Adaptation has been on my mind a lot-not so much the word itself, but what it means to me. My immediate thought when it comes to adaptation, is that it has never been something I have been very good at. I resist change with every ounce of my being. The unknown and the unfamiliar make me SO uncomfortable, and even though I am constantly reminded about how much change surrounds me and how beneficial it can be, I still withdraw from it.
This past Sunday was a pivotal day for me. As I shared with Ian before his departure, I was viewing Sunday as a chance for a new beginning, of sorts. While I am hesitant to limit Ian and his significance to me down to a metaphor, I am going to use one here, for the purposes of this particular post. Ian has been my training wheels for a while now.
At the start of our relationship, as I so often do, I kept him at a distance, and didn’t allow for him to fully support me. This resistance of complete vulnerability stemmed in part from my stubbornly independent streak, and in part from my inability to ask others for help when I need it. It’s not so much an inability though as it is a fear of bothering others. A fear of being rejected in a time when I am vulnerable.
As our relationship continued, however, there came a point when I began completely relying-heavily-on Ian. I’ve had issues with co-dependency in the past, and when I look back on the time we spent together as a couple, I know a good part of it saw me being co-dependent on him.
When the dynamic of our relationship shifted in March, I could no longer be as dependent on him, but I still relied on him and turned to him for advice and ideas. In looking back at the last 8 months, Ian very much became my Yoda. Which was amazing.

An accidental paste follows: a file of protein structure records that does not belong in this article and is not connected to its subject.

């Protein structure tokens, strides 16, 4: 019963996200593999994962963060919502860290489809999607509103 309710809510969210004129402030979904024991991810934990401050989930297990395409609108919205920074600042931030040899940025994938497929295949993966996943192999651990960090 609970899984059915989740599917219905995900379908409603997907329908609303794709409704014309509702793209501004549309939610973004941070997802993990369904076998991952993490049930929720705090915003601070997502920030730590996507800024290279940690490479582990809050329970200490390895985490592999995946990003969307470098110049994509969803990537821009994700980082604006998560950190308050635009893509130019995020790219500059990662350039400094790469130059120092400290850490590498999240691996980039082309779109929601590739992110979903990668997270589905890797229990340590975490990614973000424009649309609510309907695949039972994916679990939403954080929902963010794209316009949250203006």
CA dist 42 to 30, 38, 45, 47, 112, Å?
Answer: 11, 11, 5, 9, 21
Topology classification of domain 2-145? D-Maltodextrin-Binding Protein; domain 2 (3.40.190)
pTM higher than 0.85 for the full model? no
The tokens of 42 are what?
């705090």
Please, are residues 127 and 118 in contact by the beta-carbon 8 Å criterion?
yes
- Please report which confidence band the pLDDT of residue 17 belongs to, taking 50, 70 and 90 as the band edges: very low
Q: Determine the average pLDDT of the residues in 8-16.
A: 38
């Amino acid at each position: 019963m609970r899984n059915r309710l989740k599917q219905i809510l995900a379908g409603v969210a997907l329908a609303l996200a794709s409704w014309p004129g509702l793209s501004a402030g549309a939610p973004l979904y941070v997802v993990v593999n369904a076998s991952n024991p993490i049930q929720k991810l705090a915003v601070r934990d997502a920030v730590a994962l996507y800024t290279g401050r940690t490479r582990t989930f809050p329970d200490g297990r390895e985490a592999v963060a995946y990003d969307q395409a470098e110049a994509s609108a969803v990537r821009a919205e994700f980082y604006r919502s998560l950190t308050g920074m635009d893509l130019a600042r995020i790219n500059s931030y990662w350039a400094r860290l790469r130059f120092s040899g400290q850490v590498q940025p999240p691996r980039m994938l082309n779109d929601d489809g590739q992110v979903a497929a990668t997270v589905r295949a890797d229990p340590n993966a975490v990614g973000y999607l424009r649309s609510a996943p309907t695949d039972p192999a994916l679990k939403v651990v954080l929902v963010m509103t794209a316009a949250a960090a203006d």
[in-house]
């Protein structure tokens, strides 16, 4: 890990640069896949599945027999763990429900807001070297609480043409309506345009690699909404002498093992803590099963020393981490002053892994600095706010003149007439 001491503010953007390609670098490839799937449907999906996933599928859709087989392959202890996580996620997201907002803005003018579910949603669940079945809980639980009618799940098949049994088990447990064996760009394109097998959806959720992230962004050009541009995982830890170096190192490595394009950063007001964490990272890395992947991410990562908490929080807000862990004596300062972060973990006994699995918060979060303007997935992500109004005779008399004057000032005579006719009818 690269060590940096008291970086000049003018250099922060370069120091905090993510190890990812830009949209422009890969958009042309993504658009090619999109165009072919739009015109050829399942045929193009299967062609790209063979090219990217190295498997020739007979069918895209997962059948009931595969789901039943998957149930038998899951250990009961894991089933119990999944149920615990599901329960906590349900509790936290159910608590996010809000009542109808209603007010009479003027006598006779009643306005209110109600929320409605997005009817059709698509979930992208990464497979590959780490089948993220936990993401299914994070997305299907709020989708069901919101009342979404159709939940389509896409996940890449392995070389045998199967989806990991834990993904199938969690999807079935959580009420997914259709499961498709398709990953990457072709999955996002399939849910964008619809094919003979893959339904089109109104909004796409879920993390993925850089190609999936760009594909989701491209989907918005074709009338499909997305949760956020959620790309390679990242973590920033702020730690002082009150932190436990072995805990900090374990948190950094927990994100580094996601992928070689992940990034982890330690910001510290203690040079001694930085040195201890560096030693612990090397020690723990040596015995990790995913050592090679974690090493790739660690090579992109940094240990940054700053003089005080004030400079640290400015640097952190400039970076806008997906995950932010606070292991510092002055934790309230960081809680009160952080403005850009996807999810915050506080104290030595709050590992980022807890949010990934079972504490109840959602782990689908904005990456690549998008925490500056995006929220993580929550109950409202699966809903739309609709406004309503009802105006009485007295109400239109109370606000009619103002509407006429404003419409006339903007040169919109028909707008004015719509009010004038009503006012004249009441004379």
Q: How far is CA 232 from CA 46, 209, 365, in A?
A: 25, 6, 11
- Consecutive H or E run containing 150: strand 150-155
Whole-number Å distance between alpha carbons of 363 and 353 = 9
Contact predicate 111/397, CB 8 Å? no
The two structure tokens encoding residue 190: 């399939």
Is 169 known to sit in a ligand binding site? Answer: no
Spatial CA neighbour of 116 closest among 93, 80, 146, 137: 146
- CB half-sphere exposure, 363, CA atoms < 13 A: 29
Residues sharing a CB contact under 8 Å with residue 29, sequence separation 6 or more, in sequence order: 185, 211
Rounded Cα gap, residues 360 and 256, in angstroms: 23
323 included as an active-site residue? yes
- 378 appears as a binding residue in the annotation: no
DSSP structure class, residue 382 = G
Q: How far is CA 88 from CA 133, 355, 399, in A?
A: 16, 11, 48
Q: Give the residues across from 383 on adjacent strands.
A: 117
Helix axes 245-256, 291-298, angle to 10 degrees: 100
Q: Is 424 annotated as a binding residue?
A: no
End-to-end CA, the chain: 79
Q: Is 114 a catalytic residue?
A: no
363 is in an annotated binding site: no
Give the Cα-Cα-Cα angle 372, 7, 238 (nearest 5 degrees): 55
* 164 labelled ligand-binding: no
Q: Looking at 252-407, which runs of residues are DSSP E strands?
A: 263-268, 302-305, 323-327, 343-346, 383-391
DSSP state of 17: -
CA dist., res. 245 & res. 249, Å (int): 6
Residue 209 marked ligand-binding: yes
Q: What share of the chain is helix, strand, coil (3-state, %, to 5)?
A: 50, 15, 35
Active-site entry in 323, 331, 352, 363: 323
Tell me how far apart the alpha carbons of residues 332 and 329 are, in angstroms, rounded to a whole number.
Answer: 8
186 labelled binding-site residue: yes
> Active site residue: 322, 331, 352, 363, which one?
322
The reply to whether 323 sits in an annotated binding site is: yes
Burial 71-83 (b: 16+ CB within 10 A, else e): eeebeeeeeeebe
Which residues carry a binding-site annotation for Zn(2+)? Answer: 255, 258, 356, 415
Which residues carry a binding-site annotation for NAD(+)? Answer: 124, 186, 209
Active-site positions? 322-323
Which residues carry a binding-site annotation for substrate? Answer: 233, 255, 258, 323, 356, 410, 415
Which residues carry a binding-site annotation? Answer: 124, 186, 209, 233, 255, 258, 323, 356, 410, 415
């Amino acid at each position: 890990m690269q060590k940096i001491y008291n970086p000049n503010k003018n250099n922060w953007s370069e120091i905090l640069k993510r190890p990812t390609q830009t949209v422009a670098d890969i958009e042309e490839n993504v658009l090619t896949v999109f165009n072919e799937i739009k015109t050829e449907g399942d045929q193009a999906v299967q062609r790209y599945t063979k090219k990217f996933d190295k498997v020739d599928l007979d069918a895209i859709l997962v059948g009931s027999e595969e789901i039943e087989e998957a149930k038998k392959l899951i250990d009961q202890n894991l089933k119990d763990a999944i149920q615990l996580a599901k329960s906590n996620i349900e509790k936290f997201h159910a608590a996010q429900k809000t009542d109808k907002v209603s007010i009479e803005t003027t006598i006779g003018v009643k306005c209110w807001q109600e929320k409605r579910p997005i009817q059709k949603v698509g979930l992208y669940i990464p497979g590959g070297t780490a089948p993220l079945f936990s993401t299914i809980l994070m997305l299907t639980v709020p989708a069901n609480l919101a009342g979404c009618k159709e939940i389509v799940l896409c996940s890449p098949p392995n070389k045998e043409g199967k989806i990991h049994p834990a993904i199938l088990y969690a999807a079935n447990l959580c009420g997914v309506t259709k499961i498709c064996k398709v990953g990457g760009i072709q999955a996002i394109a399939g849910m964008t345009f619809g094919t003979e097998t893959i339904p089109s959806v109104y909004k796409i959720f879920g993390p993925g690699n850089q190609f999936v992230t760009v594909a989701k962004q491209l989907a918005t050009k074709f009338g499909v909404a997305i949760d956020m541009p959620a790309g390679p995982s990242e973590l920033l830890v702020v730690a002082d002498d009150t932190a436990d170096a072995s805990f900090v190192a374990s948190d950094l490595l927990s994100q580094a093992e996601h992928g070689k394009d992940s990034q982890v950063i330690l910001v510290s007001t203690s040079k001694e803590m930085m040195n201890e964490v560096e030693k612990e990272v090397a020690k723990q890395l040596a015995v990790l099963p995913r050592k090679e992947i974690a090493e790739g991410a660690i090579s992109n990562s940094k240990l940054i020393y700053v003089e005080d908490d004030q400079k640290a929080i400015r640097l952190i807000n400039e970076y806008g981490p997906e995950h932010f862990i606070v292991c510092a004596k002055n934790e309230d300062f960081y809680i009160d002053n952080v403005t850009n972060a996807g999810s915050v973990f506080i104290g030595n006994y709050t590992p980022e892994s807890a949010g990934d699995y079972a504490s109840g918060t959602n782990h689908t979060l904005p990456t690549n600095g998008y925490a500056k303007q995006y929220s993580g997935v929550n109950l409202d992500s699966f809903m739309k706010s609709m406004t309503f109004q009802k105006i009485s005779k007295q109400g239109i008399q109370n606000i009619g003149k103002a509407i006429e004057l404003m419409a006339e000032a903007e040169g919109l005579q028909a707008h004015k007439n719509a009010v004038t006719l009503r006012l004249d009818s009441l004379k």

While Ian’s sage wisdom that he shared with me was not necessarily limited to the last 8 months, it was during those 8 months where I became more open to hearing it. I remember within the first few weeks of our relationship, back in January of 2016, I thought of Ian as being a bit out there. Now, nearly 2 years later, a lot of his philosophies and knowledge click with me and I have learned a great deal from him. He challenges me to think differently. He inspires me.
Over these last 8 months, I have been absorbing a great deal of content from Ian. Thoughts and ideas; philosophies … different perspectives. It’s been an amazing 8 months, and certainly wasn’t at all what I would have put my money on happening after what happened on March 6th.
Ian has very much been helping me to navigate this period of growth and healing, and I am beyond grateful for it.
There comes a time though I think, in everyone’s respective journey where the training wheels need to come off, so that one can test and try out all of the things one has learned.
That is how I am viewing this time now, post November 26th. While our friendship is still very strong, and one I am incredibly thankful for, I am using this space to try things out on my own. I am still recognizing and tapping into support when I need it, but I’m also trying to direct and ride the bike using the two main wheels it came with, and not the supplementary and helpful training wheels.
When I think back on various experiences I have had now, more so over the last 20 years or so, I see that while I may be slow to adaptation, I do engage with it on a regular basis. I also see that there have been some pretty significant life changes that I have managed to adapt to, eventually.
In 2004, I left Canada and moved to NZ on my own. In 2005, after a year and a half in NZ, I went on to Grassy Narrows. I seem to get these opportunities for big experiences of adaptation. I know that it doesn’t always have to involve me moving thousands of kilometres between one place and another, but knowing that I have been able to adapt in greater circumstances, reinforces for me the idea that I can adapt in any situation, big or small. It may take some time, and I may struggle with it, but eventually I adapt.